Tobacco Box, from a drawing by Edith Hume
Tobacco Box, from a drawing by Edith Hume

The Tobacco Box.

was needed, the pair was disposed of for six hundred pounds.35

Whilst the hawthorn pots were being admired and discussed, Rossetti was hastily pulling out drawer after drawer from an old cabinet that stood in one of the recesses of the room. He was searching for something suitable to paint round the neck of the girl in his picture The Loving Cup, and before him lay a rare store of necklaces, featherwork, Japanese crystals, and knick-knacks of all kinds, sufficient to stock a small window. At length his choice was made of a necklace, and when this was satisfactorily settled, his costumes, which were kept in a large wardrobe at the back of the studio, were overhauled for one that was needed for another painting which he had in progress.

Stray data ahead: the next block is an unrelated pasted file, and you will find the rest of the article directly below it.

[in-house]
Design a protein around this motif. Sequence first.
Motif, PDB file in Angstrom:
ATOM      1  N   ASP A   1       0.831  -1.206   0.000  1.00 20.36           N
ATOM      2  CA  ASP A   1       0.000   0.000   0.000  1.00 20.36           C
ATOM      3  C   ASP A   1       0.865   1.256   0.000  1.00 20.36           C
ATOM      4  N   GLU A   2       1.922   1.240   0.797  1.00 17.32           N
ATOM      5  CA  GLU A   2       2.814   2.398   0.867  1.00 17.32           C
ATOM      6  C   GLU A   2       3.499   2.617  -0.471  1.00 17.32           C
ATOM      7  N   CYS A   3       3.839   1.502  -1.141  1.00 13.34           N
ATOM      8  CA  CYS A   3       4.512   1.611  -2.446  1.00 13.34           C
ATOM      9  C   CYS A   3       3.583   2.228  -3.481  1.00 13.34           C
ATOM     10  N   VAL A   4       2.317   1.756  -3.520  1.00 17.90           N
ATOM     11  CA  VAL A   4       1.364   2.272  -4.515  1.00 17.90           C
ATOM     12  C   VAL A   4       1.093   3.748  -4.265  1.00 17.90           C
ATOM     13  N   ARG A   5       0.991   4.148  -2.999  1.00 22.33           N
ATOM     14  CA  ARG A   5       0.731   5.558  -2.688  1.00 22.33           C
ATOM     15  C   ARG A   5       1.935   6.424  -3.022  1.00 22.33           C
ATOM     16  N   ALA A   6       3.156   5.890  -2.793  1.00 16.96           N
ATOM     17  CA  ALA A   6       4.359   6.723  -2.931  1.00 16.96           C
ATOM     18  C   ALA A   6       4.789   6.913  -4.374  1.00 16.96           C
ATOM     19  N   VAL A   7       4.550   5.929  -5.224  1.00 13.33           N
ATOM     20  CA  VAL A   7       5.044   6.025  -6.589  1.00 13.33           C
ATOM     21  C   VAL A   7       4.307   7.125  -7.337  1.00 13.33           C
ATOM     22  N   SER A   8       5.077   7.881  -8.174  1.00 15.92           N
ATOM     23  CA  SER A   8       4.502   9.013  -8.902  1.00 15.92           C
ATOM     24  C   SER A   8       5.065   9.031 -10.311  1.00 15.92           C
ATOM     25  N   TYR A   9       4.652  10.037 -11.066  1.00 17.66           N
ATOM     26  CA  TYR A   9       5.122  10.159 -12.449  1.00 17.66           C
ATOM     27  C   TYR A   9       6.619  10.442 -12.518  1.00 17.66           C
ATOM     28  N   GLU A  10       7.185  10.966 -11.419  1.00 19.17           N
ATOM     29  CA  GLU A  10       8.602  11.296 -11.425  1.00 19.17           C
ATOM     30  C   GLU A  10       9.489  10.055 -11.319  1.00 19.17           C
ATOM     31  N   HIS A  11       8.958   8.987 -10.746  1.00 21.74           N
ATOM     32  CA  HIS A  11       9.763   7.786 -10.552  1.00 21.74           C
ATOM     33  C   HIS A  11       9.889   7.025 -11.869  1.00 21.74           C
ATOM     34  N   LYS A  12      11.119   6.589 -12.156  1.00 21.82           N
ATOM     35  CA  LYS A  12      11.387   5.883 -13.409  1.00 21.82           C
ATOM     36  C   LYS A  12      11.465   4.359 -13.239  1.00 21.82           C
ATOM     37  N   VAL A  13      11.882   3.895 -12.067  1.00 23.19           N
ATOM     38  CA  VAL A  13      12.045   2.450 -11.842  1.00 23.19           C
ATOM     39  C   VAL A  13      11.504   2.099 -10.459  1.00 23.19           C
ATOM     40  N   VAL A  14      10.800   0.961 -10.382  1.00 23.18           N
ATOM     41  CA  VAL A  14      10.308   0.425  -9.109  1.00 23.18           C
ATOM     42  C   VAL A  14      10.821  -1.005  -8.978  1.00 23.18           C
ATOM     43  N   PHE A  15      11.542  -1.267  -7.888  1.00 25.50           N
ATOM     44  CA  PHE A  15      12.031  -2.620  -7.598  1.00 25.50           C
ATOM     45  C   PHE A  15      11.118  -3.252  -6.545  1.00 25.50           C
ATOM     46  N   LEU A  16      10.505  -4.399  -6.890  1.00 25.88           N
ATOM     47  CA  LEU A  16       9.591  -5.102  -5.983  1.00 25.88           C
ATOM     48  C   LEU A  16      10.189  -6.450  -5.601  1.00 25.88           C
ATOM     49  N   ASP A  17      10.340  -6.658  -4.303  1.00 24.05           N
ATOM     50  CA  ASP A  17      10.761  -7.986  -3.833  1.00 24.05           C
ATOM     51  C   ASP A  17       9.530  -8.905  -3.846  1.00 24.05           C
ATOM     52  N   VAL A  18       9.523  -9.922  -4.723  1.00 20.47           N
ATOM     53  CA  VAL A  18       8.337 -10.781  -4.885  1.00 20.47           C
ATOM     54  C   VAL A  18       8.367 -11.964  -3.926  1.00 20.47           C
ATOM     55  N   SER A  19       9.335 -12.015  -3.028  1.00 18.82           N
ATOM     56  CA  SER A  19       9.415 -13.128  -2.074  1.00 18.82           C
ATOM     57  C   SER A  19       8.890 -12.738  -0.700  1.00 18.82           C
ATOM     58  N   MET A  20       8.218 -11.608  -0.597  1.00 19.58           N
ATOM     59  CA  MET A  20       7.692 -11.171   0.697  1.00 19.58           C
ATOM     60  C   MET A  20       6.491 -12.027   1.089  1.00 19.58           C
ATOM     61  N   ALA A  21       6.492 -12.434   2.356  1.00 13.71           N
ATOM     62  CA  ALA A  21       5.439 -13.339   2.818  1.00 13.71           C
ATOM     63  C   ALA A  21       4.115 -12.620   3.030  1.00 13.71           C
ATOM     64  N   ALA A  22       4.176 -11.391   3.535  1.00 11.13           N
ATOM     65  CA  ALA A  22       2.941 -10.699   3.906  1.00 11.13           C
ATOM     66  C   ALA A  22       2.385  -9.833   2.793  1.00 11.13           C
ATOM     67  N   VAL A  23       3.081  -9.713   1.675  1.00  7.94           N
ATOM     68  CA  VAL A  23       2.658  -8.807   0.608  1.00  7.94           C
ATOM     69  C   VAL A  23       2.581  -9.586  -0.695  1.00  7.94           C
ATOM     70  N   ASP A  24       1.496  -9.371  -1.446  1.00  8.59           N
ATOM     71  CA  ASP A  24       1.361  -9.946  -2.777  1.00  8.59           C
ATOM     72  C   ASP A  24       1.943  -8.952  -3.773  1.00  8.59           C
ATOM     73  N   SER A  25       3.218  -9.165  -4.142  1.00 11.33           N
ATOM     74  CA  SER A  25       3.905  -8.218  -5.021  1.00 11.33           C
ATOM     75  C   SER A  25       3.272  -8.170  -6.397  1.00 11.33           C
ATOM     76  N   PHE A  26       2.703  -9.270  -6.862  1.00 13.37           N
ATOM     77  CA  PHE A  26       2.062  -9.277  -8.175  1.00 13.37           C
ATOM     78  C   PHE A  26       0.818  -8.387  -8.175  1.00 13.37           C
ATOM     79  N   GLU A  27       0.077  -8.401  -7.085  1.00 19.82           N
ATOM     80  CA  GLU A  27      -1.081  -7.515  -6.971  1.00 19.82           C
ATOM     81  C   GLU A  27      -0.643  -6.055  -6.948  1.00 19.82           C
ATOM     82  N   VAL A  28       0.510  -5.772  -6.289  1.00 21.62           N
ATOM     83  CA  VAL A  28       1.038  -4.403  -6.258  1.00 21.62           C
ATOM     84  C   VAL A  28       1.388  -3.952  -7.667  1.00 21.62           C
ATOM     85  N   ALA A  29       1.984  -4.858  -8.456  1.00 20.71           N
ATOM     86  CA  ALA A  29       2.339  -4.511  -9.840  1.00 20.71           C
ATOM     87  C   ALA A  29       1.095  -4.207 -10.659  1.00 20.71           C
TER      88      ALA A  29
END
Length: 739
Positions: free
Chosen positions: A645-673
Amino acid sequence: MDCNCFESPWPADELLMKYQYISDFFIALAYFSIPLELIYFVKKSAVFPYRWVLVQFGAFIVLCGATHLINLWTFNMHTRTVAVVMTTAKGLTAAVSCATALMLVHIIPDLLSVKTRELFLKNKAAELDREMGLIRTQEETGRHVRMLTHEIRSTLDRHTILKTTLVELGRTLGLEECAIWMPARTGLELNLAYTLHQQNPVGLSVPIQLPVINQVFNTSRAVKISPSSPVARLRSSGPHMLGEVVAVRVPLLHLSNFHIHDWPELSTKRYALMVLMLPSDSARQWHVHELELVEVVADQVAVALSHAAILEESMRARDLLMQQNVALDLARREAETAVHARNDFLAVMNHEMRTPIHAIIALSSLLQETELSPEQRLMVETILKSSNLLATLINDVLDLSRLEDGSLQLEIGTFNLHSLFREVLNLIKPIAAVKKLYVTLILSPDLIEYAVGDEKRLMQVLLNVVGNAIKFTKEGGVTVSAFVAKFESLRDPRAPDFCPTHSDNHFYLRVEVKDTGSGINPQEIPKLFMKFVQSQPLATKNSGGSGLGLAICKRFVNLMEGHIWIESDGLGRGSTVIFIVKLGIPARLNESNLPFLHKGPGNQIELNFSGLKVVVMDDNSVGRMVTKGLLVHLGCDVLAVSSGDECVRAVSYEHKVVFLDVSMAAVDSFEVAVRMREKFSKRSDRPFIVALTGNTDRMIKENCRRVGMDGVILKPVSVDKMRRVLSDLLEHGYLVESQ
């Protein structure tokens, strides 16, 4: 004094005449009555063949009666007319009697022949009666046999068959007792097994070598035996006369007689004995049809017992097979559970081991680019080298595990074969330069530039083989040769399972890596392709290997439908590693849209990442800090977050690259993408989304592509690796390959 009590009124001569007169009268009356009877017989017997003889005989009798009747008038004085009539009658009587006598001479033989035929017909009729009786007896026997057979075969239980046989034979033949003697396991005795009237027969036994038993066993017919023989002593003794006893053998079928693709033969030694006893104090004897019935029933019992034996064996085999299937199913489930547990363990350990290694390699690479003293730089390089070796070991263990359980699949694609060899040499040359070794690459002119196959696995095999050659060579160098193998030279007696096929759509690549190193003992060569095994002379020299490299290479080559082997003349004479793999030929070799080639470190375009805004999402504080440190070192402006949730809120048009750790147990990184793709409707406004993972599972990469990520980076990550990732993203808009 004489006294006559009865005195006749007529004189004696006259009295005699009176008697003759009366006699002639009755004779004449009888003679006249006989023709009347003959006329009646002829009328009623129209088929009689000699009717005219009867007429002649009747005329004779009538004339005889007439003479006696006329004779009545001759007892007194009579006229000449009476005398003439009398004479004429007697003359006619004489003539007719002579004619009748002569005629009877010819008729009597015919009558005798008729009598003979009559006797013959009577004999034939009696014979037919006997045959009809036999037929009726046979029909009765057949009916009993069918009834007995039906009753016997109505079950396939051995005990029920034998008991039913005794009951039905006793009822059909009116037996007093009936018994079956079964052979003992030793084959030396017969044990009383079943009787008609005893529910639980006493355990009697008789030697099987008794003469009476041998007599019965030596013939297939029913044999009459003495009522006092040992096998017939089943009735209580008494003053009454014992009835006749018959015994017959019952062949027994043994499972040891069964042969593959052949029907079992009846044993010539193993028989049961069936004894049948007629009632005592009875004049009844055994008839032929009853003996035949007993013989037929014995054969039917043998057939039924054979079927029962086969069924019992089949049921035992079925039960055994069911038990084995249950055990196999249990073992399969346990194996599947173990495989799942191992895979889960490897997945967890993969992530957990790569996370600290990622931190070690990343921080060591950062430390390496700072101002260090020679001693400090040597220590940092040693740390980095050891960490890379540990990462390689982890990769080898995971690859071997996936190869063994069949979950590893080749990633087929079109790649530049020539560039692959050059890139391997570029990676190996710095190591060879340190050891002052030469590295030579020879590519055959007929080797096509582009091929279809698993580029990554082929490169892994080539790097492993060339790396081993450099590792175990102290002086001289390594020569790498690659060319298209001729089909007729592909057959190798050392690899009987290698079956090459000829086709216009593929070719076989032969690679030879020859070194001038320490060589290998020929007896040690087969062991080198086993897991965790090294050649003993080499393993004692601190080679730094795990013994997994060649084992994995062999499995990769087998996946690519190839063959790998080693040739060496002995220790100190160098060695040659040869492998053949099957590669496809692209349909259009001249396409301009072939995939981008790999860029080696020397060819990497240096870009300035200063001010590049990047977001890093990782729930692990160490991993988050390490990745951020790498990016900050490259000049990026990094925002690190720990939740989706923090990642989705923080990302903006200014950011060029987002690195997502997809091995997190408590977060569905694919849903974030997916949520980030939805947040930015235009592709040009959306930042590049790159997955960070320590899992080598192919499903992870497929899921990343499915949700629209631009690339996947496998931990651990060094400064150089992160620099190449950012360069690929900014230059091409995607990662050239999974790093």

In going towards this wardrobe, I noticed upon one of the walls of the studio a gilt frame containing about half a dozen drawings and sketches, chiefly by members of the Præraphaelite Brotherhood,36 with the names of John Everett Millais,37 William Holman Hunt,38 Thomas Woolner,39 William Bell Scott,40 Ford Madox Brown,41 and James McNeil Whistler attached.

Wherever I went, I noticed musical instruments of some kind or another; all were old and mostly stringed mandolines, lutes, dulcimers, and barbarous-looking things of Chinese fashioning, which I imagine it would have been a great trial to the nerves to hear played upon—and yet in all the after years that I lived in the house I never heard a note of music. It had no home there. Our neighbours in the next house, however, were abounding in it, and often in the summer evenings, when the windows would be thrown wide open, the fine baritone of Theo Marzials,42 who was frequently there, would come floating into our front rooms. Rossetti had a great admiration for Marzials as a poet, and often spoke of the high quality of his poems and songs, which were then becoming very popular and much discussed. But for music itself he did not care a whit, and was very much of the opinion of Dr. Johnson, who, when once he was asked if he liked music, replied that perhaps of all noises it was the most bearable!